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Dog First Aid: For a Happy, Healthy Life

Generally, prevention is always better than cure but our dogs can still get into scrapes. However, knowing which hazards to look out for and how to give your dog first aid treatment if something happens can protect your dog’s long-term health.

First aid kit

Firstly, carry a dog first aid kit.  Make one up yourself or buy one.  Typically, ready-made kits start at around £8. Of course, the dog first aid kit should contain bandages, non-adhesive absorbent dressings, surgical sticky tape and scissors. However, you should also consider adding cotton wool, sterile gauze, , a towel and an Elizabethan collar (“ruff”).  You may want to include a muzzle but make sure you know how to put it on your dog!  Obviously, carrying water with you at all times is also a good move.

Out and About

Cut paws
Obviously, dogs love to tumble through thickets and hurtle across heaths, beaches and parkland.  So it is little wonder that their paw pads can get damaged from thorns, glass or other sharp objects.  If this happens, wash the injured paw. Then bandage the paw. In addition, keep some pressure on the wound until the bleeding stops.

Sunburn
In the event of sunburned paws apply cold water or an ice pack.

Choking
Choking can be an outcome of dogs chewing on sticks.  Offer treats to help your dog cough up the foreign object. Your vet can show you how to dislodge items from your dog’s mouth and even how to perform the Heimlich manoeuvre.

Poisoning

Poisonous substances
Certainly poisonous substances can lurk outside and your dog may be attracted to them.  Typically, symptoms include difficulty breathing, coordination problems, vomiting/diarrhoea, lethargy or dogs being off their food. Firstly, try to identify what your dog has eaten – usually some type of plant – and call a vet. In general, the vet can tell you which first aid you can give and which not while you await his or her arrival.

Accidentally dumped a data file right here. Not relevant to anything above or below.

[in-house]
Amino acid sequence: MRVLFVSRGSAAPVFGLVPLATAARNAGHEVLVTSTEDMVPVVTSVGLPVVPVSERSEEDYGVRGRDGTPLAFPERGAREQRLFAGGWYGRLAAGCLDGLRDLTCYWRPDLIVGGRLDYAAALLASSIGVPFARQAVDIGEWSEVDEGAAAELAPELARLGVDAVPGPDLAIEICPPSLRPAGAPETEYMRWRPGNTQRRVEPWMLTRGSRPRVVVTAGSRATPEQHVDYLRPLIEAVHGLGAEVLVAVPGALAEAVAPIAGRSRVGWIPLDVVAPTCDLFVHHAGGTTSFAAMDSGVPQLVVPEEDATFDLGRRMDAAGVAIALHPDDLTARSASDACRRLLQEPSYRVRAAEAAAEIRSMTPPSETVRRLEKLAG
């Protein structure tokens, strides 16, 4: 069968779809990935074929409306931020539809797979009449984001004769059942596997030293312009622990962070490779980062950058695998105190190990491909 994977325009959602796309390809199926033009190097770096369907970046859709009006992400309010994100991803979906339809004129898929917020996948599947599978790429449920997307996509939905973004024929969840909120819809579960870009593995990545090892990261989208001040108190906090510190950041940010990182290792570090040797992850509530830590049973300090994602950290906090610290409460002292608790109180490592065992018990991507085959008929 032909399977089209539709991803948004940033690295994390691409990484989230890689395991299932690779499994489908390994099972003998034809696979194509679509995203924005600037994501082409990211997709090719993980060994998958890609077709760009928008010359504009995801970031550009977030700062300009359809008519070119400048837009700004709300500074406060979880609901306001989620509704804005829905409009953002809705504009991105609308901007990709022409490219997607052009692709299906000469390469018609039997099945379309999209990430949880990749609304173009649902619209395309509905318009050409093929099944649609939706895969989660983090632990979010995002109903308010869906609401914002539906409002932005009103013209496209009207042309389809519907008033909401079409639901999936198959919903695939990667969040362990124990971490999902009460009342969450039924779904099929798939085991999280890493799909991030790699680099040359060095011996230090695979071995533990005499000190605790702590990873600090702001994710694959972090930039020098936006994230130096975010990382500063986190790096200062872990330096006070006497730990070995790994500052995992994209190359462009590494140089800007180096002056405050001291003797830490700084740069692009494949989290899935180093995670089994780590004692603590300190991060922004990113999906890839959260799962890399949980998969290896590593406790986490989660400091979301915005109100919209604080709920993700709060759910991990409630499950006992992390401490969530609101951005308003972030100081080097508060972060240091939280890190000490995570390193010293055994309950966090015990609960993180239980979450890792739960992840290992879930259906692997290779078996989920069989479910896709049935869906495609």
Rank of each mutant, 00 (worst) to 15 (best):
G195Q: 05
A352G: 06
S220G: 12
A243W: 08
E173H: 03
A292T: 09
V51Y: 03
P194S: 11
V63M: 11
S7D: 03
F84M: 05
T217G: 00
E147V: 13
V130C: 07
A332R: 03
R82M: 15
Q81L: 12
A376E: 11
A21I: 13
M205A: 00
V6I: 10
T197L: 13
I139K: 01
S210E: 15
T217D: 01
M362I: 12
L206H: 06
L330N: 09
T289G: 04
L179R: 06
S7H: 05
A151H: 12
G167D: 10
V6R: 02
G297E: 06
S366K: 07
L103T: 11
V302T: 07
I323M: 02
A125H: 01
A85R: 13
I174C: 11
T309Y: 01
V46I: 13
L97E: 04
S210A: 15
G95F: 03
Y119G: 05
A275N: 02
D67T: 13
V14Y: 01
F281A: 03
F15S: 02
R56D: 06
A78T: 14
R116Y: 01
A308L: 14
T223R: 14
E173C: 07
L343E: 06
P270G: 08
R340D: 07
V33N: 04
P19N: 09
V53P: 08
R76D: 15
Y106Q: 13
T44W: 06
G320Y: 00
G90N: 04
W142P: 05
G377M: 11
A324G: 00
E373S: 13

Adders
And don’t forget in the Summer months, the danger of snake bites.  Britain’s only venomous snake, the Adder is at its most active in April when it comes out hibernation.

The Kennel Club have produced this great graphic on what to do if you think your dog has been bitten.

The Kennel Club have produced this great graphic on what to do if you think your dog has been bitten.

In the Home

Naturally, you would think that dogs would be safer in the comfort of their own homes but this is not always the case.

Notably, common food dangers are chocolate, alcohol, caffeine, grapes, currants, raisins and sultanas. Additionally, members of the onion family can also cause chaos as can peanuts and macadamia nuts. Likewise, Xylitol, which is also toxic to dogs, is in sugar-free chewing gum, sweets and some medications. Also, vitamin D supplements can cause symptoms of poisoning. Other dangers at home include salt in dishwasher tablets and other household chemicals such as laundry liquid and bleach. If your pet has ingested any of these things act quickly – call your vet.

CPR for Dogs

Yes, it really is possible to perform Cardiopulmonary Resuscitation (CPR) on dogs.  It’s used when you can’t feel or hear a dog’s heartbeat.  However, performing first aid CPR itself can be dangerous but it could save your dog’s life.

At Dog Hair Day we urge dog owners to learn CPR in a class well before your dog needs this kind of help. If your dog gets to a point where he needs emergency care you need to move into action quickly.  There won’t be time to search for instruction videos on YouTube.

Don’t Fear the Reaper

Whatever you do don’t live in fear.  Of course, we want to protect our pets but not to the point is that they become imprisoned by restrictions that we place on them or through anxiety that they may pick up from us.  With a little care and some first aid skills on our part our dogs can live the fulfilled happy lives they are meant to.

Tags: first aid, dog health care, first aid kit, CPR for dogs

DISCLAIMER: While every effort has been made to ensure the accuracy of the information contained here it is for educational purposes only. The writer of this article and Dog Hair Day can’t diagnose any physical, mental or behavioural condition in animals nor prescribe treatment. We urge you to consult your vet if you have any concerns about your dog.

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